Dr Peregrine Kibuuka: My life in Nyenga

Sunday January 8 2012

Dr. Peregrine Kibuuka (Standing fourth left) with a group of seminarians and priests from Ggaba seminary

Dr. Peregrine Kibuuka (Standing fourth left) with a group of seminarians and priests from Ggaba seminary at the equator on their way to Katigondo seminary. The year was 1964. 

By As told to Robert Mugaga

In the late 1956 “Omukulu wa seminario (the rector of the seminary) came looking for those willing to join the seminary from Namilyango parish.

Only three of us qualified for the interview. The rector was an old bald-headed white priest with bushy eyebrows. He was seated in an armchair, taking tea and breathing heavily. He seemed to cause little storms in his tea cup. I knelt by his side, as if going for confession. He looked at me, then on my baptism certificate and asked me my name, age etc.

Then he asked in Luganda: “Wali omenye ekiragiro ekyomukaaga?” (Have you ever broken the sixth commandment) “Ntya?” (How?) I asked. These were baffling questions. How does one break the sixth commandment? I am not passing this interview, I thought. The priest looked at me quizzically. Then he rephrased: Wali webaase...(Have you ever slept ?). Oh yes when our father was enlarging the house, all of us sisters and brothers used to sleep together in the sitting room. The old priest looked at me. I did not bat an eyelid! As if in despair the priest said: Good we are waiting for you at Nyenga next year!

So easily! I was surprised at my own performance. I wondered why older boys could fail such a simple interview. I had always thought they were brighter than I was. I left home knowing I was going to a holy place where I would find holy boys, very kind and considerate to each other. I had some trepidation as to whether I would manage such a composed life where one was almost to be a celestial cherubim.

I was however soon undeceived on arrival. The day was Monday February 6, 1957. I soon found out that the young seminarians were far from angelic. They were full-blooded humans with the common frailties of humans of their age. The first young seminarian I met, addressed me as follows: You newcomer, where do you come from? “Namilyango” I replied. A knock crushed on my head. Oh! The pain! The scandal! A seminarian was beating another! I cried. I remembered my mother. I felt so far away from home and wished I could escape back home. The journey to Nyenga Minor Seminary had been the longest journey I had ever made from home.
When it was time to bathe we were led to a water pump. We had to salute the pump before we could get water. The Rector’s dog came by, a black friendly dog called “Bonzo” . The newcomers had to salute the dog. Saluting anything or anybody that had made it to Nyenga Seminary before you, became the order of the day. We saluted the tractor. We saluted Brother Bosco, its driver. Br. Bosco was never aware that we were saluting him!

At the refectory, we were allocated tables, the grace before meals was led and we sat down for our first meal in the seminary. Steaming hard potatoes were in one dish and groundnut stew in another. The table prefect served. Then the nightmare of eating started. The tables had been well laid, the fork on the left, the knife on the right and the spoon behind the plate. The table prefect demonstrated what we were supposed to do, to eat like civilized people.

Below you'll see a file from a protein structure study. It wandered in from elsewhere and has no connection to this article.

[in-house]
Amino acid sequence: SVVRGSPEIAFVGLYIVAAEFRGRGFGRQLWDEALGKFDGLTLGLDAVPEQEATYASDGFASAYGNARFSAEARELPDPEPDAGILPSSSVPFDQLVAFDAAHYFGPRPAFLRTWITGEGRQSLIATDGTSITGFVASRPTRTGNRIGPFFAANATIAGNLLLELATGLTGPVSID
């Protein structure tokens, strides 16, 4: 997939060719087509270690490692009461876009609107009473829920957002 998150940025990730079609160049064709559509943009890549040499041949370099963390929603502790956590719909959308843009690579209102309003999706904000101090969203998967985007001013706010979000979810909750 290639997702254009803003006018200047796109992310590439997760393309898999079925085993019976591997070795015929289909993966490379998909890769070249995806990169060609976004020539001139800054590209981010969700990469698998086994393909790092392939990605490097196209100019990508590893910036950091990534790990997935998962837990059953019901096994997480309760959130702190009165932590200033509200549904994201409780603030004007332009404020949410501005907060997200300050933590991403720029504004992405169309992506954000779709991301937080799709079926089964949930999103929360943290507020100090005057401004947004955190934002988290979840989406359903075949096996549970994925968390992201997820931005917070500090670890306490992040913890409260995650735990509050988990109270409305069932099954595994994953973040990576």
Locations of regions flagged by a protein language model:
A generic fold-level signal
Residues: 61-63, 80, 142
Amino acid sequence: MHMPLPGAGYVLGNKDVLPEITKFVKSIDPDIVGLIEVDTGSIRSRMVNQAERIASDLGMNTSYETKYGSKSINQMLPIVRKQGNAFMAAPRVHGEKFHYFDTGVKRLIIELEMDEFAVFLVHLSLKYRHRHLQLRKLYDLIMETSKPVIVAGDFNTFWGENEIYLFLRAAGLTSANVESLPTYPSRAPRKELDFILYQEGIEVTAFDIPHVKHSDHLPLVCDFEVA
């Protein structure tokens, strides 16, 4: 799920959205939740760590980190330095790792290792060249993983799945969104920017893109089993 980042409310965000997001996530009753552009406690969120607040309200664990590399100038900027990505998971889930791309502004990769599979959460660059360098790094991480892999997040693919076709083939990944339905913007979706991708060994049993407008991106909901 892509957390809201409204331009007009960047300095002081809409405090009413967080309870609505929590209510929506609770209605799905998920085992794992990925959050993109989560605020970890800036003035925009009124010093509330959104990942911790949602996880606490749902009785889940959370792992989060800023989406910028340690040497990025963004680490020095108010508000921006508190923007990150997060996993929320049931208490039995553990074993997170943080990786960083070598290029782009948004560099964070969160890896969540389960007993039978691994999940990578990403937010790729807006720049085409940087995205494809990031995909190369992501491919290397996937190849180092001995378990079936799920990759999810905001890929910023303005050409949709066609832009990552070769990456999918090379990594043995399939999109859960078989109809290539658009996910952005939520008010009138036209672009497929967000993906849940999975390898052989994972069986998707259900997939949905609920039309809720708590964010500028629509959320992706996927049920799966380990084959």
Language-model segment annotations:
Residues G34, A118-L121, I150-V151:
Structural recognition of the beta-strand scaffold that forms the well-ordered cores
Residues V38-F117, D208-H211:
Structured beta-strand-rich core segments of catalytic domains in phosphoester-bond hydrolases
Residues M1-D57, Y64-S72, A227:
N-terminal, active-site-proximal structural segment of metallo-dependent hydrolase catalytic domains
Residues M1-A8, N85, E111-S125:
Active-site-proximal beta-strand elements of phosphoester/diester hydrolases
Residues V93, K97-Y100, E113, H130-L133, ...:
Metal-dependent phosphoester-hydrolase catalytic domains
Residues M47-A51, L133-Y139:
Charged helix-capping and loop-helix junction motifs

I got hold of the knife, then the fork and proceeded to cut into the big hard potato on my plate. The potato crumbled into “unforkable” pieces whenever I tried a second attempt of cutting it into a smaller piece, a reasonable one, to put into my mouth. After more than four attempts, I had not succeeded in manipulating any piece of potato onto the prongs of the fork. I felt helpless, yet hungry. I looked at the table prefect. He was steadily and dexterously using the fork and the knife to go through his meal.
“Try again, but no using fingers” said the table prefect, punctuating his meal with a sip on his water. I tried the knife and fork again. They behaved more like implements of demolition than utensils to sustain life with. I gave up the attempt to eat, got hold of the spoon and launched an attack on the groundnut stew.

I was more successful with the spoon. The table prefect would not countenance the same. “You pick the food with the fork, not with the spoon.” I concentrated on the groundnut stew and with a glass of water, I called it a day. The next day was uneventful. I had also refined my skills of survival in the hostile environment then for the new comers.

I constantly kept near my protege and the “young commander” could not get his hands on me. Then came Wednesday, the third day. We had evening tea. Tea was served twice a week. Wednesday and Sunday. We were told to bring all the comestibles we had brought with us from home. I parted with two to three kilograms of well- roasted nuts and took them to common table. The dean (Head prefect) then told us that as from the next day studies were going to begin seriously. We were not allowed to eat between meals, much less keep edibles or money with us.

The penalty for transgressing against any of the above was dismissal. Except for morning mass, the seminary had as yet not impressed me as different from the rest of school life. But the demand that we surrender our personal groundnuts into a common pool for all disconcerted me. The demand of communality in Christianity were practically manifesting itself to the young seminarian in a most unpleasant manner.

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